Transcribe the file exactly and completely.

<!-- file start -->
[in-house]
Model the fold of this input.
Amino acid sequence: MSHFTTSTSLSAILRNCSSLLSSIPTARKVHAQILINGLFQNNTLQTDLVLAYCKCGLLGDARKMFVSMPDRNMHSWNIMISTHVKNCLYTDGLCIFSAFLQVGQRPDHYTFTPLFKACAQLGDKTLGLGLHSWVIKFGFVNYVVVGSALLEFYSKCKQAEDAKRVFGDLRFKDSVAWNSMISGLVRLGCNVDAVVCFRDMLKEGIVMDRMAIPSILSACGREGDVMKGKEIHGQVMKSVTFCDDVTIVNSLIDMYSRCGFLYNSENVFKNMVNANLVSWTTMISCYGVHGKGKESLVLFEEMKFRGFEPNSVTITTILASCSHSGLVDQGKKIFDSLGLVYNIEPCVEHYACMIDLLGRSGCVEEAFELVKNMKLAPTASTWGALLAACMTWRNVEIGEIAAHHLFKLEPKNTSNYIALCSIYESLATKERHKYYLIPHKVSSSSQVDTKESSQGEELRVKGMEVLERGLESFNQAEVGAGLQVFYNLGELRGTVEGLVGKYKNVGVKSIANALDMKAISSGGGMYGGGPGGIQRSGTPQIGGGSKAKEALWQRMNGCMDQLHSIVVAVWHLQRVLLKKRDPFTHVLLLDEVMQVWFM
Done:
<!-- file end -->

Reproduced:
[in-house]
Model the fold of this input.
Amino acid sequence: MSHFTTSTSLSAILRNCSSLLSSIPTARKVHAQILINGLFQNNTLQTDLVLAYCKCGLLGDARKMFVSMPDRNMHSWNIMISTHVKNCLYTDGLCIFSAFLQVGQRPDHYTFTPLFKACAQLGDKTLGLGLHSWVIKFGFVNYVVVGSALLEFYSKCKQAEDAKRVFGDLRFKDSVAWNSMISGLVRLGCNVDAVVCFRDMLKEGIVMDRMAIPSILSACGREGDVMKGKEIHGQVMKSVTFCDDVTIVNSLIDMYSRCGFLYNSENVFKNMVNANLVSWTTMISCYGVHGKGKESLVLFEEMKFRGFEPNSVTITTILASCSHSGLVDQGKKIFDSLGLVYNIEPCVEHYACMIDLLGRSGCVEEAFELVKNMKLAPTASTWGALLAACMTWRNVEIGEIAAHHLFKLEPKNTSNYIALCSIYESLATKERHKYYLIPHKVSSSSQVDTKESSQGEELRVKGMEVLERGLESFNQAEVGAGLQVFYNLGELRGTVEGLVGKYKNVGVKSIANALDMKAISSGGGMYGGGPGGIQRSGTPQIGGGSKAKEALWQRMNGCMDQLHSIVVAVWHLQRVLLKKRDPFTHVLLLDEVMQVWFM
Done: